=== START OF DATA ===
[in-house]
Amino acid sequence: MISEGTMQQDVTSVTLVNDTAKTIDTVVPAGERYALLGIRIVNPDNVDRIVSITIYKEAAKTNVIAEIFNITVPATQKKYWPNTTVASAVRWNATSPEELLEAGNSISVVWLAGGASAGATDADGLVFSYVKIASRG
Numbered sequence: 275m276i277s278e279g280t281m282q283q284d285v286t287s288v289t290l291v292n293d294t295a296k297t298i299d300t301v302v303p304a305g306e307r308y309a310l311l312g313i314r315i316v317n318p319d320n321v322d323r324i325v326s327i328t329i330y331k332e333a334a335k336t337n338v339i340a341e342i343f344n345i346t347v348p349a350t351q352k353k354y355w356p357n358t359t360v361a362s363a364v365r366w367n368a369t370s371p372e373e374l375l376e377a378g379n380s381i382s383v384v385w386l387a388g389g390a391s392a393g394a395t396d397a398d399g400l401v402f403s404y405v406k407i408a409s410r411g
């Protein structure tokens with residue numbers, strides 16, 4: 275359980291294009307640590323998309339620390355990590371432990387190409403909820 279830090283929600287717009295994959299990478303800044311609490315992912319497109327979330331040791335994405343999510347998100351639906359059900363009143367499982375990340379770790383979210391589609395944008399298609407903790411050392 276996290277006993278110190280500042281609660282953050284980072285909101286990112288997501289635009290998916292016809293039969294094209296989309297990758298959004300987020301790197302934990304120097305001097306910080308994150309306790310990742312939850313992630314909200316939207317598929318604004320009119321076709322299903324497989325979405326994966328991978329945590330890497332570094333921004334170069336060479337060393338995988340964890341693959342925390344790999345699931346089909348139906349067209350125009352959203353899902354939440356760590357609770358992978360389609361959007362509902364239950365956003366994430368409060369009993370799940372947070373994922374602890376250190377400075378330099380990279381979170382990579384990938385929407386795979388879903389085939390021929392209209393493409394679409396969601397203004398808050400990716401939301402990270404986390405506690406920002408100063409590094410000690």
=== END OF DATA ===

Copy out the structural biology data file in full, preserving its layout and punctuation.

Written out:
[in-house]
Amino acid sequence: MISEGTMQQDVTSVTLVNDTAKTIDTVVPAGERYALLGIRIVNPDNVDRIVSITIYKEAAKTNVIAEIFNITVPATQKKYWPNTTVASAVRWNATSPEELLEAGNSISVVWLAGGASAGATDADGLVFSYVKIASRG
Numbered sequence: 275m276i277s278e279g280t281m282q283q284d285v286t287s288v289t290l291v292n293d294t295a296k297t298i299d300t301v302v303p304a305g306e307r308y309a310l311l312g313i314r315i316v317n318p319d320n321v322d323r324i325v326s327i328t329i330y331k332e333a334a335k336t337n338v339i340a341e342i343f344n345i346t347v348p349a350t351q352k353k354y355w356p357n358t359t360v361a362s363a364v365r366w367n368a369t370s371p372e373e374l375l376e377a378g379n380s381i382s383v384v385w386l387a388g389g390a391s392a393g394a395t396d397a398d399g400l401v402f403s404y405v406k407i408a409s410r411g
């Protein structure tokens with residue numbers, strides 16, 4: 275359980291294009307640590323998309339620390355990590371432990387190409403909820 279830090283929600287717009295994959299990478303800044311609490315992912319497109327979330331040791335994405343999510347998100351639906359059900363009143367499982375990340379770790383979210391589609395944008399298609407903790411050392 276996290277006993278110190280500042281609660282953050284980072285909101286990112288997501289635009290998916292016809293039969294094209296989309297990758298959004300987020301790197302934990304120097305001097306910080308994150309306790310990742312939850313992630314909200316939207317598929318604004320009119321076709322299903324497989325979405326994966328991978329945590330890497332570094333921004334170069336060479337060393338995988340964890341693959342925390344790999345699931346089909348139906349067209350125009352959203353899902354939440356760590357609770358992978360389609361959007362509902364239950365956003366994430368409060369009993370799940372947070373994922374602890376250190377400075378330099380990279381979170382990579384990938385929407386795979388879903389085939390021929392209209393493409394679409396969601397203004398808050400990716401939301402990270404986390405506690406920002408100063409590094410000690």